It seems apparent to me that there are two major ways that TJ can affect our legal system. First, it can affect how laws are made and perhaps more importantly how they are applied in various jurisdictions. In this respect, the questions posed in the previous paragraph need to be answered to determine how strong of a factor our society wishes TJ to play in conjunction with other goals of our justice system. Second, TJ can affect how judicial officials interact with individuals who are thrust into the system for various reasons. This naturally poses its own problems, as it is more determinative on every judicial officer to act and communicate in a fashion that is socially beneficial to clients, plaintiffs, defendants, etc., who, in turn, are all very different. Perhaps TJ’s strongest impact will be made by those who promote this philosophy by bringing it to the awareness of all of the various court actors and hoping that they will act and communicate, consciously or unconsciously, accordingly.

In conclusion, though TJ seemingly raises more questions than it answers, it still is the noble, overly obvious goal that should at the very least be considered in the legal profession. How much consideration? One has to hope that over time TJ will find its proper role.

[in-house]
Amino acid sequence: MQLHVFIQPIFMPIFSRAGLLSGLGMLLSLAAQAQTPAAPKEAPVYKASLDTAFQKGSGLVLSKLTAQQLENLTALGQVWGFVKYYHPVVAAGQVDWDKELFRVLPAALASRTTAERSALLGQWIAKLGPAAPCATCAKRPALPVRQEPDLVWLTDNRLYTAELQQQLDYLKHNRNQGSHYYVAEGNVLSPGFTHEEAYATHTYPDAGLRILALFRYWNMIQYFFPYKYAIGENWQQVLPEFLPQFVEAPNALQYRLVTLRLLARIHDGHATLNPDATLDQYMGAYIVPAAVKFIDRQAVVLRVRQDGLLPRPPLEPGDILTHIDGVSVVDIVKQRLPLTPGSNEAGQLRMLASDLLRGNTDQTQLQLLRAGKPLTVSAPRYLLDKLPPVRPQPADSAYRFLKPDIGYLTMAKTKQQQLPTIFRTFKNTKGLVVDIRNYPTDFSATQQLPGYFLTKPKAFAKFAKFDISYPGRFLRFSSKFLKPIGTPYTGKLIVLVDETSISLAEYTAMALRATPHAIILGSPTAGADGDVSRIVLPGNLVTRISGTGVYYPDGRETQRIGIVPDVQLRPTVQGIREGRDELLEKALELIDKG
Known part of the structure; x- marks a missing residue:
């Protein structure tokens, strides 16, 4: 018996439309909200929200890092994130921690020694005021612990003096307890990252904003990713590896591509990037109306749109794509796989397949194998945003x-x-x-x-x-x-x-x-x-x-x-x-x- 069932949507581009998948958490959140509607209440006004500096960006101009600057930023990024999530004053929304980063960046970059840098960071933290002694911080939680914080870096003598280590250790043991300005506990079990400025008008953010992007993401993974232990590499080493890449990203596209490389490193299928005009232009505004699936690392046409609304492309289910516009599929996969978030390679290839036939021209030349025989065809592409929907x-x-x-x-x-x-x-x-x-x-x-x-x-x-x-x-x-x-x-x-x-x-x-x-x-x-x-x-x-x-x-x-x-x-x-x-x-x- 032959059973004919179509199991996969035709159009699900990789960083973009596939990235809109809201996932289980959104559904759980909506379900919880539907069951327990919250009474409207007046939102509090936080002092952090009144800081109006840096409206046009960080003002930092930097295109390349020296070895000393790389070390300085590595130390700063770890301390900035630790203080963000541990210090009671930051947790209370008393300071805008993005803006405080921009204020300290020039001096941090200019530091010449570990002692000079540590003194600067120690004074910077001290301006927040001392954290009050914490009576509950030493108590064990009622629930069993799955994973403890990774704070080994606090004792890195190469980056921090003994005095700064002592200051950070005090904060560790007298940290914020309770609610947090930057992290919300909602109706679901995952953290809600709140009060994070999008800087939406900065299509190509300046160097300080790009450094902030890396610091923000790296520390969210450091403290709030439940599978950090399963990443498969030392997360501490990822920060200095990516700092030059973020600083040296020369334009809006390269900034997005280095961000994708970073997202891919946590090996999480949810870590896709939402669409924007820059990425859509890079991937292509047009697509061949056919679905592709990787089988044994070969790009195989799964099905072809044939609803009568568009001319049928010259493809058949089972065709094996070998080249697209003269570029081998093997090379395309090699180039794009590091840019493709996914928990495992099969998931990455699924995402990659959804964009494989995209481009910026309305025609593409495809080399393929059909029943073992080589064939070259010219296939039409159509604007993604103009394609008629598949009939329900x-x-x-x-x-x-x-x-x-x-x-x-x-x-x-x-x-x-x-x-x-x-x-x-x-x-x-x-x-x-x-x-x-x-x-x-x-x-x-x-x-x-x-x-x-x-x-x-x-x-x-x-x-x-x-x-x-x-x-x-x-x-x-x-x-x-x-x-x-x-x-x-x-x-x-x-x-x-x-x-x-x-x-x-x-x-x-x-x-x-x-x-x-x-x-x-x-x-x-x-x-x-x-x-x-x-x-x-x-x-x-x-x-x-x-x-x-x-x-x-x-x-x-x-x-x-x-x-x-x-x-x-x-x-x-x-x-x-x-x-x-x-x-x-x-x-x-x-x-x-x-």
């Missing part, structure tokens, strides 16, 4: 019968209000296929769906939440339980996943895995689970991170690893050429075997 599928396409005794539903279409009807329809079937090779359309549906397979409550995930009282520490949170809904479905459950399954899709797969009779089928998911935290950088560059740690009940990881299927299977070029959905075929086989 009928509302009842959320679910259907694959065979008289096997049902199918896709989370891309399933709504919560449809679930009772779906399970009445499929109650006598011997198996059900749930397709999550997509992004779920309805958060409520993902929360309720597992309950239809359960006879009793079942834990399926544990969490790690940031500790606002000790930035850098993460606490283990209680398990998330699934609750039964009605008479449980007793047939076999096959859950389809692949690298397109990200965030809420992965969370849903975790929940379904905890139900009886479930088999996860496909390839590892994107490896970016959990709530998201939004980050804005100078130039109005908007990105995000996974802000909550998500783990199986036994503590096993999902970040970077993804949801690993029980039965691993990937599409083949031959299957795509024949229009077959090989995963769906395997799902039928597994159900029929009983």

1. Bruce J. Winick, The Jurisprudence of Therapeutic Jurisprudence, in LAW IN A THERAPEUTIC KEY: DEVELOPMENTS IN THERAPEUTIC JURISPRUDENCE 649 (David B. Wexler & Bruce J. Winick eds., 1997).

Saturday, September 4, 2010

Meshing Therapeutic Jurisprudence and Law Enforcement

Hello CFCC Bloggers. I am currently a CFCC Fellow at UB School of Law. I was posed an intriguing question last week in class that I have been thinking about throughout the weekend. Last week’s class discussion was about Therapeutic Jurisprudence (TJ) and Preventive Law. At the end of class, I was asked my opinion on TJ. My answer was the following: I believe that TJ is a great concept that should certainly be “applied” (for lack of a better term) by every attorney practicing law. I followed that with my reasoning.

Now, one would think, “Well that’s not a very peculiar answer.” I did not think so either, UNTIL after class when one of my fellow classmates told me that she was interested to hear my response considering what I want to do for a living. I was very thankful for this thought-provoking question. After thinking about it throughout the week and weekend, I got the idea to write this blog to explain my position of why it is that an aspiring FBI Agent would believe in Therapeutic Jurisprudence. My hope is that the “take-away” from my blog will be that even a person on the law enforcement side believes in TJ. Thus, Mr. Winick and Mr. Wexler’s idea has even persuaded those individuals who work to capture criminals.